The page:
'They feel terrorized': Family Shelter brings awareness to realities of stalking

Sierra Rains
The Daily Ardmoreite
The Family Shelter of Southern Oklahoma is bringing awareness to stalking during National Stalking Awareness Month.

Stalking can wear on victims' physical and mental health to the point where they can no longer live their lives normally. But the Family Shelter of Southern Oklahoma wants victims to know they are not alone and there is help available. 

January 2021 marks the seventh annual Stalking Awareness Month, a national call to recognize and respond to the crime of stalking. Stalking is defined as a “pattern of behavior directed at a specific person that would cause a reasonable person to feel fear,” and is something advocates at the Family Shelter come across on a regular basis. 

DeeDee Hunter, Family Shelter victim advocate, said 191 individuals in the local area sought help due to stalking in the last three month period. “It increases every year just because of the knowledge and education,” Hunter said, adding that she has requested a total of 79 protective orders over the last quarter. 

On average, about one in six women and one in 17 men will experience stalking in their lifetimes, said Family Shelter Executive Director Kathy Manning. 

Stalking behaviors include unwanted contact, harassing family members or friends, leaving unwanted items and lurking or appearing at places without an invitation or legitimate purpose. Manning said they have also seen a lot of stalking occurring on social media platforms and through technology. 

“We do have a lot of victims that come in with tracking devices, unbeknownst to them, on their vehicles, person, their phones and things like that,” Manning said. “We also have to do a sweep of the phone to make sure no locations or apps have been installed.”

Stalkers can include anyone, but most of the time they are not a stranger to the victim. Manning said statistics show that 84% of victims knew their stalkers, whether they were intimate partners, acquaintances, family members or authority figures. Only 16% were strangers.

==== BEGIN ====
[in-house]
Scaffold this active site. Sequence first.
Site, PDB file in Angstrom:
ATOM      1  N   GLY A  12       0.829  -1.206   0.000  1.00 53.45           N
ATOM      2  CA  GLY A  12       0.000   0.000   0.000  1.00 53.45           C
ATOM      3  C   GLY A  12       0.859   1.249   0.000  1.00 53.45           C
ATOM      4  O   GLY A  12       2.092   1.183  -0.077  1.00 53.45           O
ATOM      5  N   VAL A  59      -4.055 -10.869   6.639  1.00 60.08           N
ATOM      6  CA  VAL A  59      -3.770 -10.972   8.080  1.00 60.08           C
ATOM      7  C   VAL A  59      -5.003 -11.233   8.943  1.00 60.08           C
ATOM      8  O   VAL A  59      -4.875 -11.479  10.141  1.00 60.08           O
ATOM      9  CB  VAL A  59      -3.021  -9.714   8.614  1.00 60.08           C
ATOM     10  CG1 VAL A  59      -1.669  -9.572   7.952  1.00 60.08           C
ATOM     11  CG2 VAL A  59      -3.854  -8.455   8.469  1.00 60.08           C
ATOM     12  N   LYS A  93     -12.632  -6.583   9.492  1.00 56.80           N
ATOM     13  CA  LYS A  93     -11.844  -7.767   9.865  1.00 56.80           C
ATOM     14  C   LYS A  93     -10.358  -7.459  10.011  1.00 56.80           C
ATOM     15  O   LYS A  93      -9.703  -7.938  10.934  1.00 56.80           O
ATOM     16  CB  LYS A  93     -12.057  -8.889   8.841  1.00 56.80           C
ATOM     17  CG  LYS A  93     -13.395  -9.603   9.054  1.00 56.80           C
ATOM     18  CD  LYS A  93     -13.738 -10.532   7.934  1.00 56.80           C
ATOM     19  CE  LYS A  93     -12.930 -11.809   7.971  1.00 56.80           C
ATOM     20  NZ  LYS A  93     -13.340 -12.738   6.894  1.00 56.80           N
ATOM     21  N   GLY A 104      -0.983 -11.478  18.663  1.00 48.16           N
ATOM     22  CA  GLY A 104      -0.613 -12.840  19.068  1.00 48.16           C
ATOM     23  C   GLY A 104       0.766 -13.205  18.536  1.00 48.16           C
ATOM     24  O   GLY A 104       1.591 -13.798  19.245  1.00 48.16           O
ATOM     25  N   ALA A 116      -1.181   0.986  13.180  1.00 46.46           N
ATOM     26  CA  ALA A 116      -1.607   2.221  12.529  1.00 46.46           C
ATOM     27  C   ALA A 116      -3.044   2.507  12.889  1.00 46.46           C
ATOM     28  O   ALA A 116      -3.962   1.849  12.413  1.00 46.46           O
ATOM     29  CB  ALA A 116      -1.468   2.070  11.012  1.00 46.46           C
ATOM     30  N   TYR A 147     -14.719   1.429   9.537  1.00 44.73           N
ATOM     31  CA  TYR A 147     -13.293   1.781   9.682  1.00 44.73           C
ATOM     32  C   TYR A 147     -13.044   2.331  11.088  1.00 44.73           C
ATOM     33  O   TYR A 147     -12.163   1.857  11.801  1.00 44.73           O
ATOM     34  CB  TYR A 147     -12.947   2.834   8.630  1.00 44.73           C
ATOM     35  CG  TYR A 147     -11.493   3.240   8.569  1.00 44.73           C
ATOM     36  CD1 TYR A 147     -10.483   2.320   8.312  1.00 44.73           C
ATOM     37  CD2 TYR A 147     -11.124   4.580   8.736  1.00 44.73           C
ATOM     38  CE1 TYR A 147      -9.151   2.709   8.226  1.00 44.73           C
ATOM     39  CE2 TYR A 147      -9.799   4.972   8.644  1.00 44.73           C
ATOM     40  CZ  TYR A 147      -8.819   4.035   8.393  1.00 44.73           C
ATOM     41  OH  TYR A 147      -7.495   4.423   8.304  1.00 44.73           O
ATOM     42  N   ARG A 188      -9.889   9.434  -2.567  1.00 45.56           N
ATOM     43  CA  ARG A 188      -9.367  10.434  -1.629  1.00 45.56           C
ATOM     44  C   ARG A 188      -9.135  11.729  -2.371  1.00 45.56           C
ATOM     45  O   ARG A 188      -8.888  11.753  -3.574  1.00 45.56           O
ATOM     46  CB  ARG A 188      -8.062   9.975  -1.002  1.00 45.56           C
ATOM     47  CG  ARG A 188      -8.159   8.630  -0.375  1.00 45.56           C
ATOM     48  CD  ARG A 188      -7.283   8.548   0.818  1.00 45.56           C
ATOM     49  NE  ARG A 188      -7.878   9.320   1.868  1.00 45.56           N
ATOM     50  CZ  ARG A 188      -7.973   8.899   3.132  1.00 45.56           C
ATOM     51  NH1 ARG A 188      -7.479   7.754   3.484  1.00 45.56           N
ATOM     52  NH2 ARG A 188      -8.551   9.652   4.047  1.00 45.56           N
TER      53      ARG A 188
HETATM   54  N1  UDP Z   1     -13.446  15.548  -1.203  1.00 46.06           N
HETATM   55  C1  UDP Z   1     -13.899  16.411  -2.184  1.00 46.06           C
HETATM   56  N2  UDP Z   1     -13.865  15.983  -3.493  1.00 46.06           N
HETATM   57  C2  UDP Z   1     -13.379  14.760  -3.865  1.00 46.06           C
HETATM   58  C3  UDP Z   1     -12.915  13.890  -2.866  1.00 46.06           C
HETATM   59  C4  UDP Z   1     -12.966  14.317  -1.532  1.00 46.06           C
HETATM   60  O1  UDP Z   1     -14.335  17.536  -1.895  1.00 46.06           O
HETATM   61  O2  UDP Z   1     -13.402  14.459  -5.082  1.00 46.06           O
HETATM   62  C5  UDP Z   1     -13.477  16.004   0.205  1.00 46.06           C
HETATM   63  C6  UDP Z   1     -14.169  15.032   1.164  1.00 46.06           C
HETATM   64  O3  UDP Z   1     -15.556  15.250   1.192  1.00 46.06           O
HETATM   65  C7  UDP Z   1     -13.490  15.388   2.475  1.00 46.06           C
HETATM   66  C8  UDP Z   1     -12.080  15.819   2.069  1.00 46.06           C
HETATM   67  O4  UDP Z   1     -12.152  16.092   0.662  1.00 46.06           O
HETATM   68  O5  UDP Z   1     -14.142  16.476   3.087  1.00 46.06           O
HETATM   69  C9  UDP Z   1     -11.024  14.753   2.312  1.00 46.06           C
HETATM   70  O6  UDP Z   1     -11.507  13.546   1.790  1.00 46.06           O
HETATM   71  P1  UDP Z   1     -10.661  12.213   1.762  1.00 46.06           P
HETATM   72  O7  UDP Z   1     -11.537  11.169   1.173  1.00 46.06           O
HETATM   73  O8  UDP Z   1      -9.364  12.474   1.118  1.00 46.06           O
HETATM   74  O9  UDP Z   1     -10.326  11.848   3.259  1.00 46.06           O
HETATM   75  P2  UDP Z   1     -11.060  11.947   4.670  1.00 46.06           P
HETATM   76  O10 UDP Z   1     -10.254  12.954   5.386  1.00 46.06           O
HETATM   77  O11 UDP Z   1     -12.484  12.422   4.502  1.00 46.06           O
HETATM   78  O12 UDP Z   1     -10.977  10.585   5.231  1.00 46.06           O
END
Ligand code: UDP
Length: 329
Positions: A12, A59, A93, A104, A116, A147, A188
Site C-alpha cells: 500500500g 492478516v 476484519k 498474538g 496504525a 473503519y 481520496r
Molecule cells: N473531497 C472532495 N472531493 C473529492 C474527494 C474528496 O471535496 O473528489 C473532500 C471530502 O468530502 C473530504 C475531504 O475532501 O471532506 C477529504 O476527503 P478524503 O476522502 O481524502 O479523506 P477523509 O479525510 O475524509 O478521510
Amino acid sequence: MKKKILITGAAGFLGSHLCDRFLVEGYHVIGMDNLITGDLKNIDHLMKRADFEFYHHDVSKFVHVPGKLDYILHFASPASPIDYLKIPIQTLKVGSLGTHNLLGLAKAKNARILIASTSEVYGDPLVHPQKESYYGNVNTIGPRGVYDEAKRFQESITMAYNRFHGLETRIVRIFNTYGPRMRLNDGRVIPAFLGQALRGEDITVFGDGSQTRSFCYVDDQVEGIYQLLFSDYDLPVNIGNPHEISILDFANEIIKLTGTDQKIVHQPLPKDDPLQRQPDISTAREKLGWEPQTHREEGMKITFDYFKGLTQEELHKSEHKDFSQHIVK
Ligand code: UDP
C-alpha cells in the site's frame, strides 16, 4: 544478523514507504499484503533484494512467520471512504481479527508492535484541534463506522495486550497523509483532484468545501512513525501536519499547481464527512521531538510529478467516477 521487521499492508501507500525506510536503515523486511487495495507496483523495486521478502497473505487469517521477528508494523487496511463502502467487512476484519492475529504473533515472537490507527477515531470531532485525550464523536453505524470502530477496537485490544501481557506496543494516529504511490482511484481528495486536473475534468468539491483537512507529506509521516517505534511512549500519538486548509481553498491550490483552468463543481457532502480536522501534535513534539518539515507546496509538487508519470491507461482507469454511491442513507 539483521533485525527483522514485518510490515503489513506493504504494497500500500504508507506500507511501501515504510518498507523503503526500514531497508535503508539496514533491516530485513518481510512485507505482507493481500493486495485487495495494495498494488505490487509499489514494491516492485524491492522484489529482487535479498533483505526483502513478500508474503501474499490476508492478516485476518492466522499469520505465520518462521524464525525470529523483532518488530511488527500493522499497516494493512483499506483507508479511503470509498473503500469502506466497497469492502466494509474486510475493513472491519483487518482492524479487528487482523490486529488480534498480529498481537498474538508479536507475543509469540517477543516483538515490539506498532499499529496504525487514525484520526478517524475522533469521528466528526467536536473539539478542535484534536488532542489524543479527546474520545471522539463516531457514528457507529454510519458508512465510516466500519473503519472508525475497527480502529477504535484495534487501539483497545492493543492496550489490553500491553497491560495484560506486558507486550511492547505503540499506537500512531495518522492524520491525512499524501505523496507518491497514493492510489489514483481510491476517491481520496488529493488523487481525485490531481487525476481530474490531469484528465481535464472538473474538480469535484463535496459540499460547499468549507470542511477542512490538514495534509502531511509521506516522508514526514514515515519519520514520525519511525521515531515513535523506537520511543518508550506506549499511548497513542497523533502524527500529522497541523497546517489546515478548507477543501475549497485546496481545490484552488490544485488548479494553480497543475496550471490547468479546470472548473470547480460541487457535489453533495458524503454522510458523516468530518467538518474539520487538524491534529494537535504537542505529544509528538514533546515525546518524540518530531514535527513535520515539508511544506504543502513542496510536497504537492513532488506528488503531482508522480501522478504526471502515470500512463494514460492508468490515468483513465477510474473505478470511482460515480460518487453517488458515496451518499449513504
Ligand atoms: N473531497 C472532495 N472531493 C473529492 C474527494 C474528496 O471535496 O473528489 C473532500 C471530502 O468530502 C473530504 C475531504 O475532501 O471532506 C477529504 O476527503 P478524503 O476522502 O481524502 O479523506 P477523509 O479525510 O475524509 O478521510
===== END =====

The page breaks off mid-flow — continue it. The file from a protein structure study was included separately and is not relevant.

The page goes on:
“We see a lot in intimate partners,” Manning said. “Usually when that increases is after a separation or a break up, something along those lines.” 

Intimate partners are also often some of the most dangerous stalkers, Manning said. Statistics show that stalking increases the risk of intimate partner homicide by three times. “It’s deadly,” Manning said. “Stalking is a major red flag that a domestic violence relationship may become deadly.”

Stalking will often increase whenever the victim begins dating someone new, when there is a change in a child custody agreement, or when they seek a protective order or contact with law enforcement.

A majority of victims live in fear of their stalkers for many years, Manning said. Most stalking cases last about two years and victims tend to move at least seven times while being stalked. “They feel terrorized,” Manning said. “That is a word that is commonly used whenever asked about that or if they’re sharing something. Terrorized is definitely a word that comes up a lot.” 

Hunter said victims often face many long-lasting mental and physical affects, sometimes leading to depression or even post traumatic stress disorder. It can also interfere with a victim’s everyday life, impacting their job performance and causing them to lose sleep. 

“They feel like they are losing their minds from having to look over their shoulder when they’re driving, to all of their lights being on at their house because they’re afraid,” Hunter said. “It takes their peace of mind away.”

Stalking may not always seem as scary to individuals outside of the situation, but it's important for individuals to know it goes beyond just 'Facebook stalking,' Manning said. 

“Stalking is dangerous, it’s illegal and it’s a big deal," Manning said. “And truthfully, there may be some things that aren’t looked at as deadly if you’re just taking a look at a former boyfriend, but there are people it impacts every single day to a point where they can no longer live their life accordingly.”

Some victims may find it difficult to try to explain what’s happening to them, but the Family Shelter wants them to know that it’s worth seeking assistance for. 

The Family Shelter of Southern Oklahoma provides free services to victims of stalking, domestic violence and sexual assault, and advocates will work with victims to ensure they are safe and getting the services they need. 

“It’s going to start out with safety planning, that’s first and foremost,” Hunter said. Victims of stalking have individualized experiences and the assistance they need thereafter will vary case by case, Manning said. The first step to seeking help, however, is reaching out. 

If you or anyone you know experiences stalking, domestic violence or sexual assault, help is available through the Family Shelter’s crisis line. The crisis line is available 24-hours, seven days a week at (580) 226-6424. 

“It’s just important for people to know what it is and to know that if they are being stalked that they can reach out, that there is help available and they don’t have to go through it alone or feel as if they’re going crazy, because they’re not,” Manning said.